• May improve anxiety symptoms as well.


Source: TrueLife Research
Thanks. I can't see that (m)any primary ME-CFS symptoms are being redressed by this drug. Seems like it's better suited to treat other disorders.
 

Stretched

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FWIW, I am an Amisulpride advocate, having followed @Hip's analysis and having similar symptoms.

It does the same for me as above, but I use it in 50mg units once a day in am. (I mistakenly bought the
only size this supplier had, 400mg, and 1/8's are the smallest 'slices' w/o powdering the pill, but divides fine
with a standard, ubiquitous plastic pill slicer.)

With a favorable side effect, it allows me to walk away from Sertraline without titration (take it or leave it), and has a similar effect with clonazepam, which I have taken for 30 years, minimally. I do wonder if there is an
inherent withdrawal potential w/Amis since it is has such noticeable efficacy? No need at present to withdraw - only if something 'non-redundant' falls off...:confused:
In all candor I have to report stopping Amisulpride. This past Christmas, 2018, I picked up a case of tremors, as in hands shaking. In reviewing meds it showed this as a possible side effect of antipsychotics. Coincidentally, in the same time frame my peripheral neuropathy in my feet flared into severe pain. I don’t know if any of this is connected to the underlying neurological nature of MECFS, casual or causal. I immediately stopped Amisulpride and am scheduled to see a neurologist soon for further evaluation.
 

Hip

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I can't see that (m)any primary ME-CFS symptoms are being redressed by this drug.
The study showed very low dose amisulpride substantially reduced ME/CFS fatigue and somatic complaints like pain (I've altered the first post to make this clearer).

I also found it reduced the ME/CFS sound sensitivity of ME/CFS, which is a common symptom. And it helped with anxiety and depression, which around 1 in 3 ME/CFS patients suffer from as a comorbid condition. And I found it worked wonders for irritability, which is a listed ME/CFS symptom in some ME/CFS classifications (this is not surprising, as the irritability of autism is treated with antipsychotics).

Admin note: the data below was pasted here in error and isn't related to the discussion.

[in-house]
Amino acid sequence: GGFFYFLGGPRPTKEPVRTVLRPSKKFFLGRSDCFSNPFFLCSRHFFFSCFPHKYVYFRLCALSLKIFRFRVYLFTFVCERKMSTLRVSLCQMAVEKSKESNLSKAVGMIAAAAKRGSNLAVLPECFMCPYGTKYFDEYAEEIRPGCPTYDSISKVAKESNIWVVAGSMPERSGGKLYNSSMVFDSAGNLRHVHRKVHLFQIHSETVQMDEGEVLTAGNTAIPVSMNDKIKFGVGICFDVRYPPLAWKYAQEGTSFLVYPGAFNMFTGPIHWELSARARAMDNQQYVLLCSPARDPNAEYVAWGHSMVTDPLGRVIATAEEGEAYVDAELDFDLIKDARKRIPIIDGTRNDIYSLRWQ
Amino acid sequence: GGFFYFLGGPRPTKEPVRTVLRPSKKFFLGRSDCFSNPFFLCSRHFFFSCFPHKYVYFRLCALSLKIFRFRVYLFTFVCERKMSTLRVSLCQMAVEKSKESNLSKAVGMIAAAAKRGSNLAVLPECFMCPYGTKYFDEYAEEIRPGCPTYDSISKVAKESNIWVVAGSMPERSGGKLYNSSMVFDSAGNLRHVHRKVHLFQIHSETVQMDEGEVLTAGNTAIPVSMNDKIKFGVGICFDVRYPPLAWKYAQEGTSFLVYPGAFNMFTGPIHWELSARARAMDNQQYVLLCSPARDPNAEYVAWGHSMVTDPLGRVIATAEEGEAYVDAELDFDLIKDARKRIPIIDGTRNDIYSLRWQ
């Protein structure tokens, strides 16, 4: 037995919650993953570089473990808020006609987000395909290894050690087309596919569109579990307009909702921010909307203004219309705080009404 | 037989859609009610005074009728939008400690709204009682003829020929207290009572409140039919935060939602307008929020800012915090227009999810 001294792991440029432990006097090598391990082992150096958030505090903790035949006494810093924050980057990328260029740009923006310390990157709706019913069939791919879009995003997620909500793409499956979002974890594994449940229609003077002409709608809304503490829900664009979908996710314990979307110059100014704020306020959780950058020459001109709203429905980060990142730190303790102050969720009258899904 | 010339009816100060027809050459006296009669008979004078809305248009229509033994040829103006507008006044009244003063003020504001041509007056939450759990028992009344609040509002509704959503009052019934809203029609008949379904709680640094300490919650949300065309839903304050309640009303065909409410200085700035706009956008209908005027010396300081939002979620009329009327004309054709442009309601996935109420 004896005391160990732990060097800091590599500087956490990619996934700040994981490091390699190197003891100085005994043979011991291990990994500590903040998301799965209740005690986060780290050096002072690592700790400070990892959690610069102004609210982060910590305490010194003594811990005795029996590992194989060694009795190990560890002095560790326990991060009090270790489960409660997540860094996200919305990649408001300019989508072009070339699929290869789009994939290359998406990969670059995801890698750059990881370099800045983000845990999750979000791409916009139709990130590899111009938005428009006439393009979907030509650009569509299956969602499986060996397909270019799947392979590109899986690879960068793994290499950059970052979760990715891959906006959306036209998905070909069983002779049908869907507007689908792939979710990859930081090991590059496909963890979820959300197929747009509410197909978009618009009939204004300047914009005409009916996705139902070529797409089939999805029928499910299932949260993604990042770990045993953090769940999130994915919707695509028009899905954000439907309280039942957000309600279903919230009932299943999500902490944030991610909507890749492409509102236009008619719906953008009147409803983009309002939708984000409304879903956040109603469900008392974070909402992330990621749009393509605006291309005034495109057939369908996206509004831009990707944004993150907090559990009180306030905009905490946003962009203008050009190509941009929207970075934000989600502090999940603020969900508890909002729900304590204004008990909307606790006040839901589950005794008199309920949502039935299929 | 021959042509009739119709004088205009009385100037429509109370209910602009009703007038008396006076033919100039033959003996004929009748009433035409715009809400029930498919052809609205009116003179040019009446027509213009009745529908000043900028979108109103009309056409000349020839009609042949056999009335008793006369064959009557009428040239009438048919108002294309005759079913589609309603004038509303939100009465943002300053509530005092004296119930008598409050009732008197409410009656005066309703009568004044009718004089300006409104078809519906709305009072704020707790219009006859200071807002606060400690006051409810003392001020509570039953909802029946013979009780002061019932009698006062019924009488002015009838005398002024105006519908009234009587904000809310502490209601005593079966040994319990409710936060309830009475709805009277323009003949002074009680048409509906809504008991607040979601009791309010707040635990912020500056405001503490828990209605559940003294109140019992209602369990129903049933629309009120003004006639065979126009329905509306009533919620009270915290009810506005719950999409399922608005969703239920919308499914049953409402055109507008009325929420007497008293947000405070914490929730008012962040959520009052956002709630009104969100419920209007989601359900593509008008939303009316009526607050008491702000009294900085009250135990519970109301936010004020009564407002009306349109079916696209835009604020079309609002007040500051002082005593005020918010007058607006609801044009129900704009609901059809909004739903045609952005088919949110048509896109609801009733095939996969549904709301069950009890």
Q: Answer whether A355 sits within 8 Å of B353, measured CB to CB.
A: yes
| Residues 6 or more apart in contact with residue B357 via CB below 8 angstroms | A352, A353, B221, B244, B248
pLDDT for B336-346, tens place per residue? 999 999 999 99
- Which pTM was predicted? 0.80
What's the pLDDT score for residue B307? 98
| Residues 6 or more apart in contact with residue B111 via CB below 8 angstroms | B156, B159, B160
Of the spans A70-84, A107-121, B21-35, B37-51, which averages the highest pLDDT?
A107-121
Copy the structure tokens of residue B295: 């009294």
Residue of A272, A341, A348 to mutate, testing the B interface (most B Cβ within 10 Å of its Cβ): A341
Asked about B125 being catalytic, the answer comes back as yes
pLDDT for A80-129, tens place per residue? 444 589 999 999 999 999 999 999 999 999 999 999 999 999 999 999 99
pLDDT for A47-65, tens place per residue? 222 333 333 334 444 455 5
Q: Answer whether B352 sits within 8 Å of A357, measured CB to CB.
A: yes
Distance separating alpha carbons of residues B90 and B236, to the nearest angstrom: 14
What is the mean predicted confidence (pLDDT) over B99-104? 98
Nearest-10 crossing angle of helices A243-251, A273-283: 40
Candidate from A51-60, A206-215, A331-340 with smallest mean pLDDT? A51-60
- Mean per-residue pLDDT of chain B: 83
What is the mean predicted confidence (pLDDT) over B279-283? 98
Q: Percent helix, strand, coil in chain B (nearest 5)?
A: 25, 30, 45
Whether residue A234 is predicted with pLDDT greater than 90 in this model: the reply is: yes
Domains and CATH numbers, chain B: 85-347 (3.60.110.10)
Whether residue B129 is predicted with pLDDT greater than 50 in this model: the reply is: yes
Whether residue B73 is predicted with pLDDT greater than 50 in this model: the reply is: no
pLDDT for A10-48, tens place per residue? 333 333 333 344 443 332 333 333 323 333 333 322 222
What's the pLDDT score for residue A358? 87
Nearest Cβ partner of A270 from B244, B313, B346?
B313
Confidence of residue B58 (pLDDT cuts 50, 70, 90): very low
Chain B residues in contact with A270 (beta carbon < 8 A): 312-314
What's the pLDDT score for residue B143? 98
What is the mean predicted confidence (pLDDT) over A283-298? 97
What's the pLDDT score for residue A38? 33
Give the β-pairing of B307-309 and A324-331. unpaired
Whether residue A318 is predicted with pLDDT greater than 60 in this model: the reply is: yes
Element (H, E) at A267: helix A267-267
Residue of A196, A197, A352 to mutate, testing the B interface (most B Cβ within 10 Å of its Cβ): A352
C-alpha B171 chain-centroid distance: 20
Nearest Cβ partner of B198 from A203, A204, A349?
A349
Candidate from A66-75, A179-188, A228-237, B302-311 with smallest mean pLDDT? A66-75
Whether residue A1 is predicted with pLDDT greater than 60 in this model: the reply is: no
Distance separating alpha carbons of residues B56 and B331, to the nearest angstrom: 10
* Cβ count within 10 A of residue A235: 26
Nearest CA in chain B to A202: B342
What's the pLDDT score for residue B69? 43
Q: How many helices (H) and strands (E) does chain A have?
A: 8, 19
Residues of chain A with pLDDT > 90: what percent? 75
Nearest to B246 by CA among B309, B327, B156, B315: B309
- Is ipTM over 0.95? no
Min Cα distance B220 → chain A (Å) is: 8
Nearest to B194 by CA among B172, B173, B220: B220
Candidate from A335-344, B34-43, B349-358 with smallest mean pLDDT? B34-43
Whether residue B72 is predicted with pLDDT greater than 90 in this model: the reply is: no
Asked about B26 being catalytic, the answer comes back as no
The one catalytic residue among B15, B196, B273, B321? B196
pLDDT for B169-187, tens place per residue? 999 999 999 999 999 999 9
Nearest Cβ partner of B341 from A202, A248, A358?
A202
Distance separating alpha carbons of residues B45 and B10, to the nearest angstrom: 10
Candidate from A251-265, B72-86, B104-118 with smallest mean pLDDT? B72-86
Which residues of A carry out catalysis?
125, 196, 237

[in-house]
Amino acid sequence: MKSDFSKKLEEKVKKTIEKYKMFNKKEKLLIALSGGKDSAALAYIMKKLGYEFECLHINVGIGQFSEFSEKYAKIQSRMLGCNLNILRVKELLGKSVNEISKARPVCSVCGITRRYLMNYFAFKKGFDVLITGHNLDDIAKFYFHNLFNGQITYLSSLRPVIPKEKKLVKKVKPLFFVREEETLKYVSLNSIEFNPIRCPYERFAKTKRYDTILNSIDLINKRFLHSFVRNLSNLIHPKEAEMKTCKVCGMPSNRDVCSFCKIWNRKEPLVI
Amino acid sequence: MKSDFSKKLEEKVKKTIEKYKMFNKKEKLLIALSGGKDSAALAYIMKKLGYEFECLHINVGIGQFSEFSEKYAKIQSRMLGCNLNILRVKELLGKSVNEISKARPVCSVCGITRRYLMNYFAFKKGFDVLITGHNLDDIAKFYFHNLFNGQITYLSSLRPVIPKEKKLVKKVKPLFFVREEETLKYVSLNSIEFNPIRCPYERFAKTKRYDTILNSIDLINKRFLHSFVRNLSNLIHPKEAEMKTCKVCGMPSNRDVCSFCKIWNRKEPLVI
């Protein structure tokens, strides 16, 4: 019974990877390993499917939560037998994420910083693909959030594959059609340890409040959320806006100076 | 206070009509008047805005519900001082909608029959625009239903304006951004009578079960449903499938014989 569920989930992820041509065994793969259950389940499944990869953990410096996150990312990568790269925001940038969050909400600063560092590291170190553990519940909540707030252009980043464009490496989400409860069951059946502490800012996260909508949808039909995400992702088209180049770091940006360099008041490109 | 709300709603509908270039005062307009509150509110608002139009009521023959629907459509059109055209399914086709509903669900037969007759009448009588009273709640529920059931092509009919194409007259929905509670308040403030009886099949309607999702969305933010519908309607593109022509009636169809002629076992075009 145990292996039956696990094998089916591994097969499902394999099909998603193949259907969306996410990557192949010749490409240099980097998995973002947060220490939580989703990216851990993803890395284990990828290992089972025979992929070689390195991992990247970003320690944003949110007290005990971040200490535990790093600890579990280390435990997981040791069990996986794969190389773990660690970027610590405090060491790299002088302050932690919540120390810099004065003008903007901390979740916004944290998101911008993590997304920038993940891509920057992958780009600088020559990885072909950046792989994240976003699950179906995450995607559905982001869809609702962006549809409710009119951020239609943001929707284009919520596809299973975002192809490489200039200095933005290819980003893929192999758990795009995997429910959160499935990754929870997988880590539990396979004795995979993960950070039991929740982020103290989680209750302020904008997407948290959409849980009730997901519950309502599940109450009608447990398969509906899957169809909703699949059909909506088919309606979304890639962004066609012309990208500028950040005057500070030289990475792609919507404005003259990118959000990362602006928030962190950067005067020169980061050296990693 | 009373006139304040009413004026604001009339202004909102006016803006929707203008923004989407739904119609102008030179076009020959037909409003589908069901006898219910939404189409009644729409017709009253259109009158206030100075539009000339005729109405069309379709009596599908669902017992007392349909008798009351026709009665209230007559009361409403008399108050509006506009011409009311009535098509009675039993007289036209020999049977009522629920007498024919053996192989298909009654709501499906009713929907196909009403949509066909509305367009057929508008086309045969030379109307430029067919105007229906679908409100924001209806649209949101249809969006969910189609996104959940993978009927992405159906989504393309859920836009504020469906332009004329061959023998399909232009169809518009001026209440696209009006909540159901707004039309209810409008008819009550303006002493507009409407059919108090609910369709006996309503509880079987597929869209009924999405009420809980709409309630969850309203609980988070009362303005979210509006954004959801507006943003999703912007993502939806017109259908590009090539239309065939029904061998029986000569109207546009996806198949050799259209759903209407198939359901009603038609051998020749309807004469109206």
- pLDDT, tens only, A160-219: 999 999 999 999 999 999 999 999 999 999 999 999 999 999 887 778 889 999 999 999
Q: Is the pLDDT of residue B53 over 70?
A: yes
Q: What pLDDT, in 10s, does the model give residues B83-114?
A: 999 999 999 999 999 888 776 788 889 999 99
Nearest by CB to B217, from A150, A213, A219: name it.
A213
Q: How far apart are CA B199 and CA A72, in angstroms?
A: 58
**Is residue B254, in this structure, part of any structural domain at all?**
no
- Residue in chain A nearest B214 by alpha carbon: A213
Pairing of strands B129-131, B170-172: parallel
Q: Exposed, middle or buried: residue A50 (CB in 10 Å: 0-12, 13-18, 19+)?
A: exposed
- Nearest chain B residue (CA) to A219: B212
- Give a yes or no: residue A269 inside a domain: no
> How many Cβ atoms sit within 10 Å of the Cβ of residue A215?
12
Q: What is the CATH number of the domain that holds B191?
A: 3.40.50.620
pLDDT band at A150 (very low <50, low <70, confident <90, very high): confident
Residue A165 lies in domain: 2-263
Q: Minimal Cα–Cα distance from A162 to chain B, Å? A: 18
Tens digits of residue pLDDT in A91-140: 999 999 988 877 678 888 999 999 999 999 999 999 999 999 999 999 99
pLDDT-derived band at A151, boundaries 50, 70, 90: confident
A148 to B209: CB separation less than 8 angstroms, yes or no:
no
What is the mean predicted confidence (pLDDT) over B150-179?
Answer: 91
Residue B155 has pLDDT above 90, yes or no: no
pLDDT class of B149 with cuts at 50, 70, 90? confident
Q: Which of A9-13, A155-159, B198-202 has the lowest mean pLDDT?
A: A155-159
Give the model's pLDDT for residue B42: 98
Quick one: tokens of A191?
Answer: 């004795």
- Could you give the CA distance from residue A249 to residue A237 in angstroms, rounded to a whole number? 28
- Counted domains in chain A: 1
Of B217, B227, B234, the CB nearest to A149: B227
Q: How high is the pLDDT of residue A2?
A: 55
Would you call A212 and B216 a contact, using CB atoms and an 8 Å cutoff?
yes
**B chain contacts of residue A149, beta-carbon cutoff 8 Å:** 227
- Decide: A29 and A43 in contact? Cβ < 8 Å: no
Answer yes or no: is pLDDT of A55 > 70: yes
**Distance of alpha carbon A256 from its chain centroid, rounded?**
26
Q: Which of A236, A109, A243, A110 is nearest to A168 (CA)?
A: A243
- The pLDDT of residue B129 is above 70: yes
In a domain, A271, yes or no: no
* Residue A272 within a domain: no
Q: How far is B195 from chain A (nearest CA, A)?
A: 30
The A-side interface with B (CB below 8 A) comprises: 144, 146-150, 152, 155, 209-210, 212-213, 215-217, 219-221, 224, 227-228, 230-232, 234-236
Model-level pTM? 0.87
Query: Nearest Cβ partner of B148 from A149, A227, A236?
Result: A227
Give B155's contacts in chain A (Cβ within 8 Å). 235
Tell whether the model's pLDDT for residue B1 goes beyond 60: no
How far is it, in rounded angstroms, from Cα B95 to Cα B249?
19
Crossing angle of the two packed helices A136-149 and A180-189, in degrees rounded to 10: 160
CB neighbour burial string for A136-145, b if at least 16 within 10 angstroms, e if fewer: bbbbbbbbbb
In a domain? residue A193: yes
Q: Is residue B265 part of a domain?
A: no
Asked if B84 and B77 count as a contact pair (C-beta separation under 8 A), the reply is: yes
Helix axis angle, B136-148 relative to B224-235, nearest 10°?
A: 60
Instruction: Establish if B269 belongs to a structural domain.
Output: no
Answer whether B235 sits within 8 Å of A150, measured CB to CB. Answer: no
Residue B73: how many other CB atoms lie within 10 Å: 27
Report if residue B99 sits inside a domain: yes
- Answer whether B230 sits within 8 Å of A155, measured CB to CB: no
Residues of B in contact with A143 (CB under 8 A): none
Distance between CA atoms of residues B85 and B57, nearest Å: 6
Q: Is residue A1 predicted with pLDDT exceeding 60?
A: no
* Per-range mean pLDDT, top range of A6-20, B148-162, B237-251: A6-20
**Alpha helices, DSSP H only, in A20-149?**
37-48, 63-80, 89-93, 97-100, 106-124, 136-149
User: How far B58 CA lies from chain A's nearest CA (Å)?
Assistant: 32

But even at very low doses, this is still an antipsychotic drug, so you would want to familiarize yourself with the major side effects of antipsychotics can cause before considering this drug.
 

stefanosstef

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In all candor I have to report stopping Amisulpride. This past Christmas, 2018, I picked up a case of tremors, as in hands shaking. In reviewing meds it showed this as a possible side effect of antipsychotics. Coincidentally, in the same time frame my peripheral neuropathy in my feet flared into severe pain. I don’t know if any of this is connected to the underlying neurological nature of MECFS, casual or causal. I immediately stopped Amisulpride and am scheduled to see a neurologist soon for further evaluation.
Would you mind sharing what happened eventually?Was your case of tremors caused by amisulpride?
 

Stretched

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Would you mind sharing what happened eventually?Was your case of tremors caused by amisulpride?
I’ve been seeing a neurologist since then as Peripheral Neuropathy in my feet began about that time. I was worried about Parkinsons Disease but he said likely not PD after some testing. It looked to him like ‘Essential tremors,’ one of about 10 common types (see Google). Further, he opined that they were most often caused by ingestion of other medicines. Since they still come and go with emotional stress I’m not sure he’s correct. He didn’t seem too concerned with narrowing down specific rxs. FWIW, my ongoing rx’s include Ambien, Zoloft, and several heart medications. IMO, the cause could be Ambien, Or another cause altogether, :( related to the neurology of MECFS, with which he is familiar. IAE, I never went back to Amisulpride since it is known to have
tremors as a side effect. It’s worrisome and uncomfortable, especially when flared! I hope this helps.
 

stefanosstef

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I’ve been seeing a neurologist since then as Peripheral Neuropathy in my feet began about that time. I was worried about Parkinsons Disease but he said likely not PD after some testing. It looked to him like ‘Essential tremors,’ one of about 10 common types (see Google). Further, he opined that they were most often caused by ingestion of other medicines. Since they still come and go with emotional stress I’m not sure he’s correct. He didn’t seem too concerned with narrowing down specific rxs. FWIW, my ongoing rx’s include Ambien, Zoloft, and several heart medications. IMO, the cause could be Ambien, Or another cause altogether, :( related to the neurology of MECFS, with which he is familiar. IAE, I never went back to Amisulpride since it is known to have
tremors as a side effect. It’s worrisome and uncomfortable, especially when flared! I hope this helps.
So the tremors started while you were taking amisulpride and you still have them today, so it is quite possible that they were caused by it.the positive side of this possibility is that you reacted quickly and stopped this from progressing.
 

Stretched

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So the tremors started while you were taking amisulpride and you still have them today, so it is quite possible that they were caused by it.the positive side of this possibility is that you reacted quickly and stopped this from progressing.